Manganese Deficiency is Associated with Histological Changes in Date Palm Fronds Showing Brittle Leaf Disease Symptoms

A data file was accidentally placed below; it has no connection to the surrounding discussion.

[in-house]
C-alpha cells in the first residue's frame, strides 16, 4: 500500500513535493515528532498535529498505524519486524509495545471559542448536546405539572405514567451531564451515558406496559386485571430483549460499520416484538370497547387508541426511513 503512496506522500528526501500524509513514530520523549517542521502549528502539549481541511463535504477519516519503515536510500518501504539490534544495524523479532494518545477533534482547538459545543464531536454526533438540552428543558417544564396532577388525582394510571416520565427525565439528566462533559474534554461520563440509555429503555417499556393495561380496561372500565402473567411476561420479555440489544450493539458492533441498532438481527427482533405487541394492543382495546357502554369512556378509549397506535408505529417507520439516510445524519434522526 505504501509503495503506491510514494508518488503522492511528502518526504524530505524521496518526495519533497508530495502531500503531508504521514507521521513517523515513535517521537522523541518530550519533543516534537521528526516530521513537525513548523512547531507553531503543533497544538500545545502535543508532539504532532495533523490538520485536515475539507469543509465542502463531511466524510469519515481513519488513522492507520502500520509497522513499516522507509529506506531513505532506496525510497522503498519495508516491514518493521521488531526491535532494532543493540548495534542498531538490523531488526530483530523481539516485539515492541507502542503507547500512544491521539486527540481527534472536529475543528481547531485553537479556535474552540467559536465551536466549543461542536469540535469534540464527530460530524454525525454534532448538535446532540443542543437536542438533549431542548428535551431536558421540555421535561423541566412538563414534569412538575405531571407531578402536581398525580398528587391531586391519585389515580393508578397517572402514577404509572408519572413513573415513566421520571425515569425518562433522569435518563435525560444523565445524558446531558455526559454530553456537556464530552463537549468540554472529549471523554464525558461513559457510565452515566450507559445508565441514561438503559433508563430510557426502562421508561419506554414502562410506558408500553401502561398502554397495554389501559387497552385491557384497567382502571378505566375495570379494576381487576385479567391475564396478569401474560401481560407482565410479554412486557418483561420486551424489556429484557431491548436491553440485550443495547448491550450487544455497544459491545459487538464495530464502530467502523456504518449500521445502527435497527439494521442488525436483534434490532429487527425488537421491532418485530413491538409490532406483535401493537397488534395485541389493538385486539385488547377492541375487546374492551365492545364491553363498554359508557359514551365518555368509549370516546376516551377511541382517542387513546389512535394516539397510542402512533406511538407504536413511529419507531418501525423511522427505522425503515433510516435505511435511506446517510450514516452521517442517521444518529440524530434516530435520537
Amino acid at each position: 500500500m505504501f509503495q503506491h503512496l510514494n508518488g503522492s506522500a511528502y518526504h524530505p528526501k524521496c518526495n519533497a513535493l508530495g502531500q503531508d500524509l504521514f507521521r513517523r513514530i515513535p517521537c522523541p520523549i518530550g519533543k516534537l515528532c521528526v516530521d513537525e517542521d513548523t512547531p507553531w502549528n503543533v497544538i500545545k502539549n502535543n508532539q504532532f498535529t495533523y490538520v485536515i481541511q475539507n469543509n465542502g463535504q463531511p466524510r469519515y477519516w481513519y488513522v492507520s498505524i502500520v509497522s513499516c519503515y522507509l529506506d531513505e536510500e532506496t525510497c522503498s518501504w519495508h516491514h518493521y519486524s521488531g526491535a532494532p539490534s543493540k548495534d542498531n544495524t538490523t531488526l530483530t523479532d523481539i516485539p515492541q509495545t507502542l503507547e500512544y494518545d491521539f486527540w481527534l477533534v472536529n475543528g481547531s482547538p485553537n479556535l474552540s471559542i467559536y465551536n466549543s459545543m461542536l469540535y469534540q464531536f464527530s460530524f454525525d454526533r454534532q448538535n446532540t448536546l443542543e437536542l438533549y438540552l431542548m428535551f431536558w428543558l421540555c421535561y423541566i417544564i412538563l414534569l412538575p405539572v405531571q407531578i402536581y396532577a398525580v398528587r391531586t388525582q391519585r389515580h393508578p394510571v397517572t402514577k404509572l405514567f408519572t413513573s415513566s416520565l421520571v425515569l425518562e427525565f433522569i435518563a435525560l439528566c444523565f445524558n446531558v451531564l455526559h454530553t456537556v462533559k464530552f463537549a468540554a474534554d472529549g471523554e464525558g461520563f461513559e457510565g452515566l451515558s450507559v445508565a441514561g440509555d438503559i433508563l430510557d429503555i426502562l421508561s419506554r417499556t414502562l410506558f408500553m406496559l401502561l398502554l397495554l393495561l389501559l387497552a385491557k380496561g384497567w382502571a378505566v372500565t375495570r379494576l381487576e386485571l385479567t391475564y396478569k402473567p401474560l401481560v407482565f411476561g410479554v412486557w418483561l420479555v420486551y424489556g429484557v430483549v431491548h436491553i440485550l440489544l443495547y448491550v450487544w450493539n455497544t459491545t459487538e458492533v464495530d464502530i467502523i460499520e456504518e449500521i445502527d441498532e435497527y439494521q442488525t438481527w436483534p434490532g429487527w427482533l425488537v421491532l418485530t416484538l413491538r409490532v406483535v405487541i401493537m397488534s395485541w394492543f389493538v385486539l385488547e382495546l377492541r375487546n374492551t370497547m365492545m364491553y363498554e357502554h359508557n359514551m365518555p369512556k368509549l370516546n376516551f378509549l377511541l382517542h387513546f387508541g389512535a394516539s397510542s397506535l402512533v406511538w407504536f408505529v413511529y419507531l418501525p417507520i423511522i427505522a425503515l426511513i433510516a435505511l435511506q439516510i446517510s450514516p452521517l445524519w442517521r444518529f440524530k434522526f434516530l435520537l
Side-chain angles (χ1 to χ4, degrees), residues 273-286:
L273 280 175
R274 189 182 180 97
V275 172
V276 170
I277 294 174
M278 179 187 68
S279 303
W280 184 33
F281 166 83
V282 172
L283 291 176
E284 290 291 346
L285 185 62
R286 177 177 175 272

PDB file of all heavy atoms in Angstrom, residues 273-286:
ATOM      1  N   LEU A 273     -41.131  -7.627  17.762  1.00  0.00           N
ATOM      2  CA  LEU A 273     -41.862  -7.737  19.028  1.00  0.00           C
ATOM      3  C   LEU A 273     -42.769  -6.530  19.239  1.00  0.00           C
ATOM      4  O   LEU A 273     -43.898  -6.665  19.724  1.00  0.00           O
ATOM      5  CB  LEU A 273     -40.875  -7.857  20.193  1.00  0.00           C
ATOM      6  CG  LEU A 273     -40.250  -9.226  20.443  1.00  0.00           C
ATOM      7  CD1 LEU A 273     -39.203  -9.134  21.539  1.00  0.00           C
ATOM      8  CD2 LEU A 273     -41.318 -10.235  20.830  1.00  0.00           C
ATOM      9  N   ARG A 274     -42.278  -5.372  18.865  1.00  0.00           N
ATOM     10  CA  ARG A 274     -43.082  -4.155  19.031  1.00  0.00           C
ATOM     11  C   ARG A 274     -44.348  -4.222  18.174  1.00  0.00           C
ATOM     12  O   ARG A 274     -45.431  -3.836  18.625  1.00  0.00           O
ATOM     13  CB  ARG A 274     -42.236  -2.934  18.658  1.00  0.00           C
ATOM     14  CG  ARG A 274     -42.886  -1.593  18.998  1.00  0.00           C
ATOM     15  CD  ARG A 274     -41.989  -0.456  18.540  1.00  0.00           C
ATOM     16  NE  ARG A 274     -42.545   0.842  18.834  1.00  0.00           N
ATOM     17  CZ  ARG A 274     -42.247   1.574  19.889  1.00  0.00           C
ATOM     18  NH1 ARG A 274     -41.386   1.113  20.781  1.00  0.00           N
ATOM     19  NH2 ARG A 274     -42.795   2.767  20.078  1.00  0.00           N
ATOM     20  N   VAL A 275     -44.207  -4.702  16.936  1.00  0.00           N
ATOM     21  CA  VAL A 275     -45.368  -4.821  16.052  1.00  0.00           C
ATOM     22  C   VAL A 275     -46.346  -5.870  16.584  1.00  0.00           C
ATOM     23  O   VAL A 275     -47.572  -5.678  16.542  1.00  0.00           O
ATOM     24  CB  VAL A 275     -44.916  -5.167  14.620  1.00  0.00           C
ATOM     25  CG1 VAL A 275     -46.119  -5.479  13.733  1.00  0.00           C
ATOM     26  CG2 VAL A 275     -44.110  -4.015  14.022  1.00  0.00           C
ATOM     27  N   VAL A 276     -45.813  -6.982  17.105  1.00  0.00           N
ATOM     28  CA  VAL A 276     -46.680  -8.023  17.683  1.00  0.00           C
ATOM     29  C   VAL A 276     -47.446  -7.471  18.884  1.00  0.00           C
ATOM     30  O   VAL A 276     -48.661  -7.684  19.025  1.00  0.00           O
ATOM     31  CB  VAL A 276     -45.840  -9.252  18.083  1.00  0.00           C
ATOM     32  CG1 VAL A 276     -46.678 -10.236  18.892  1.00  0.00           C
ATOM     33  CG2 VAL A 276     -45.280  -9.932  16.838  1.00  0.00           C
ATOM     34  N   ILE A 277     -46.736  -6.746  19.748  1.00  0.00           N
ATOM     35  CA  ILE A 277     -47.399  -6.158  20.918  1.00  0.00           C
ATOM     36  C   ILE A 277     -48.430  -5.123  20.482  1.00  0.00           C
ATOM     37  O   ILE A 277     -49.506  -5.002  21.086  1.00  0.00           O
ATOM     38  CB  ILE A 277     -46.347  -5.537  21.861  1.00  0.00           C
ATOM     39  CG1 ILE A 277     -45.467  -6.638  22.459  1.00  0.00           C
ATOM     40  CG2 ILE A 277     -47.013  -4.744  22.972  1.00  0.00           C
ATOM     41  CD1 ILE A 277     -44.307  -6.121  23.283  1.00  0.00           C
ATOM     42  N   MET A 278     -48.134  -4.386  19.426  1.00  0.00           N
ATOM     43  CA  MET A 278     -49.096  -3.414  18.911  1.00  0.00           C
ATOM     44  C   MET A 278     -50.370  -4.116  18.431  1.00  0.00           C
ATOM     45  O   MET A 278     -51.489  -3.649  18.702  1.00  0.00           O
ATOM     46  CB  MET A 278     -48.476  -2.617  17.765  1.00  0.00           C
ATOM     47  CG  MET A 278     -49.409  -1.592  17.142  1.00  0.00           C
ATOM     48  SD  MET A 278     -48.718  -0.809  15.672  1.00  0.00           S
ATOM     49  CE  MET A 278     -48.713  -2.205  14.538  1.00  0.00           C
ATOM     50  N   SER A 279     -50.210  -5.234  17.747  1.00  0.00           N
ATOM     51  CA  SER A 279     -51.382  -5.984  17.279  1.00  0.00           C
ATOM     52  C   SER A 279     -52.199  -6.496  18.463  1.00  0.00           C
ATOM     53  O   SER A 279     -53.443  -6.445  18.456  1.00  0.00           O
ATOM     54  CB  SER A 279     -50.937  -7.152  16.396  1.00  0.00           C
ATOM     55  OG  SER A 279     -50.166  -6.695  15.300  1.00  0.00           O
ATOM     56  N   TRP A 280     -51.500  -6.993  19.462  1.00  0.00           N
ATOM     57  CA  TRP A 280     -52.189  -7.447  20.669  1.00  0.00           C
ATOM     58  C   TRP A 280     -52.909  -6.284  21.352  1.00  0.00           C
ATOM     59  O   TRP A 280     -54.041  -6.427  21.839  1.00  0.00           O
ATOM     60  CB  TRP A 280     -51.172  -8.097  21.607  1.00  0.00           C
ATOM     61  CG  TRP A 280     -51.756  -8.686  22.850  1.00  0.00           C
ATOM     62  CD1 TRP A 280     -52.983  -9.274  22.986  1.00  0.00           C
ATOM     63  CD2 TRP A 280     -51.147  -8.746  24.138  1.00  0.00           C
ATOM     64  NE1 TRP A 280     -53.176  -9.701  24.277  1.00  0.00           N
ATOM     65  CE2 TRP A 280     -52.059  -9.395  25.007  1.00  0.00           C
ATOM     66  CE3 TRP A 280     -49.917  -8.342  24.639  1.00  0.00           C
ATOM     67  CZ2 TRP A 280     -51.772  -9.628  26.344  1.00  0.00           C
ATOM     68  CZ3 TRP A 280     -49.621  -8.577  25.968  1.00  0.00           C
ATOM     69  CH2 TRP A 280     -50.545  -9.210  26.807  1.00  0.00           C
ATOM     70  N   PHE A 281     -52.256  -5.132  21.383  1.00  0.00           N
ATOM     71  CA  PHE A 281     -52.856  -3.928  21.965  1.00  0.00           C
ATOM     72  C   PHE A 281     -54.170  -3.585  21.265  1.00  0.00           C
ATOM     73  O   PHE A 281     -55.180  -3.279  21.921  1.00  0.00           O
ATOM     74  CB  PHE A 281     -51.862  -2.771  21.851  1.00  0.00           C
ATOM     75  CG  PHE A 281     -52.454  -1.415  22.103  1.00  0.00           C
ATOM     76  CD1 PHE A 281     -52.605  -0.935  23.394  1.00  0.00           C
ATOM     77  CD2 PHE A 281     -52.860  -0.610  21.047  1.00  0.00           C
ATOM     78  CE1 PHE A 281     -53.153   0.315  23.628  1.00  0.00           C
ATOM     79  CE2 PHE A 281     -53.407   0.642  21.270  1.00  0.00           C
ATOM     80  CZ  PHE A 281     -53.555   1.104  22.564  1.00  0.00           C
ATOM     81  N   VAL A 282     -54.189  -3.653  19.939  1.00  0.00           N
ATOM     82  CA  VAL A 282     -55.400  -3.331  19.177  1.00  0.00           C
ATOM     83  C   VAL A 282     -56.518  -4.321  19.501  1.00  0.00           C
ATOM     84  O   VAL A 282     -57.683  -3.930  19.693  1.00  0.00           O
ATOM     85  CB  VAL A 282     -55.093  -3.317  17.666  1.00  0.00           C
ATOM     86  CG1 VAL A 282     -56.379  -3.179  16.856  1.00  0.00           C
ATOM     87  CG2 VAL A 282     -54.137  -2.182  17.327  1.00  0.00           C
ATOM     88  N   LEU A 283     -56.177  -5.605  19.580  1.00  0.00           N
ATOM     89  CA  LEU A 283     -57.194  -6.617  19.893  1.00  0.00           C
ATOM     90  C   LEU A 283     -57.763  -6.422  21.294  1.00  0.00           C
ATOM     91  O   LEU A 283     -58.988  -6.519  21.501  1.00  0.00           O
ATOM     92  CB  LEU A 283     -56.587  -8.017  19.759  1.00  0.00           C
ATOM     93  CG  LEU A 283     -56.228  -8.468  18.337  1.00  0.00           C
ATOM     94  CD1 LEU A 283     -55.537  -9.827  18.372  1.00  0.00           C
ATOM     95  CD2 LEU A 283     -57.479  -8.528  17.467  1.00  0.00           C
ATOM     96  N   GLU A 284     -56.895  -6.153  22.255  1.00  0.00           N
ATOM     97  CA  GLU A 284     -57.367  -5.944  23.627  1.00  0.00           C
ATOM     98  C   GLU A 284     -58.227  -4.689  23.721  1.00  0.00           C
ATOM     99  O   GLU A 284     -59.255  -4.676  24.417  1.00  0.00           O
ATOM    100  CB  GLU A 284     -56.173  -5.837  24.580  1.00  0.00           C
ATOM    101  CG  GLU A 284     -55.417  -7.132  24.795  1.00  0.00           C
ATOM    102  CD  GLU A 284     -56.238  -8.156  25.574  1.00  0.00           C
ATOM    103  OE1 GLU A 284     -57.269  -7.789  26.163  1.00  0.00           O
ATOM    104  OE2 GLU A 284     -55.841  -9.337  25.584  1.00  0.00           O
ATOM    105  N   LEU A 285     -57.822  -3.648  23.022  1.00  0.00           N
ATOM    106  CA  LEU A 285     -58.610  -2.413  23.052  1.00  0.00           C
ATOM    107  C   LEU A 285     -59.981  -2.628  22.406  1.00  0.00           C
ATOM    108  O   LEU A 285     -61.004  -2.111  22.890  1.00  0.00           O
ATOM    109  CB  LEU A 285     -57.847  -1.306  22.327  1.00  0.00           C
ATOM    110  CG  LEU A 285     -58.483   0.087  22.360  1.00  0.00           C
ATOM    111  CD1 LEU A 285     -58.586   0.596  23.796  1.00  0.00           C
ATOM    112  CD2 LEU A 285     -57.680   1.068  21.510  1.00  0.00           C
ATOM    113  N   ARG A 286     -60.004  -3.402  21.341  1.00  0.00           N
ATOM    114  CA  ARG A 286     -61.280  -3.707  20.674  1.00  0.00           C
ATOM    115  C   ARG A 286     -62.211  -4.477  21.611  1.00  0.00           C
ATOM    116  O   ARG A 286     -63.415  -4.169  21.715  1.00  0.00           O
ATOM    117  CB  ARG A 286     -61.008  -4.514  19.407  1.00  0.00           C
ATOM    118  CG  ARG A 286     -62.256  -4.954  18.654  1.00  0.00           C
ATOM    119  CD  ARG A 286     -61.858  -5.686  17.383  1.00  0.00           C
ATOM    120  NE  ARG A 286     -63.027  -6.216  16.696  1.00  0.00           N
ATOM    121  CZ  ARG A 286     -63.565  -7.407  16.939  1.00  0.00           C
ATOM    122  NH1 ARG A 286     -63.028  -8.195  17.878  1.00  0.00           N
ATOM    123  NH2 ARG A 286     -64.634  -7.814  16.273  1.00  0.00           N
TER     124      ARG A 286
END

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Several diseases, pests and physiological disorders threat date palm life. Among them, Brittle leaf disease or, in French, Maladie des feuilles cassantes (MFC) is a lethal disease that has acquired alarming proportions since the 1960s, when it was first observed in southern Tunisia. Up to now no causal agent has been found. Previous studies have reported that brittle fronds are deficient in manganese but the mechanisms involved in symptom expression have not yet been identified. In this study, an anatomical investigation was carried out in order to identify the deleterious effect of MFC on the development and structure of palm fronds. Results showed that in old healthy fronds the major tissue is schlerenchyma, which is characterized by very thick lignified cell walls and is often associated with conducting tissue. Indeed, large vessels are surrounded by schlerenchyma fibers that are strongly lignified when compared with those of young fronds. Diseased young fronds have almost the same shape as the healthy young fronds. Nevertheless, in old diseased fronds MFC induces important structural changes. Xylem and phloem vessels are larger, taking more space through the fibers that are smaller in number and size, and tighter. The larger diameter of the lumen and the lower thickness of the fibers present in the fronds in advanced disease stages, decreases the lignin content of cells walls, leading to an increased frond friability, which gives "the brittle leaf disease" its name.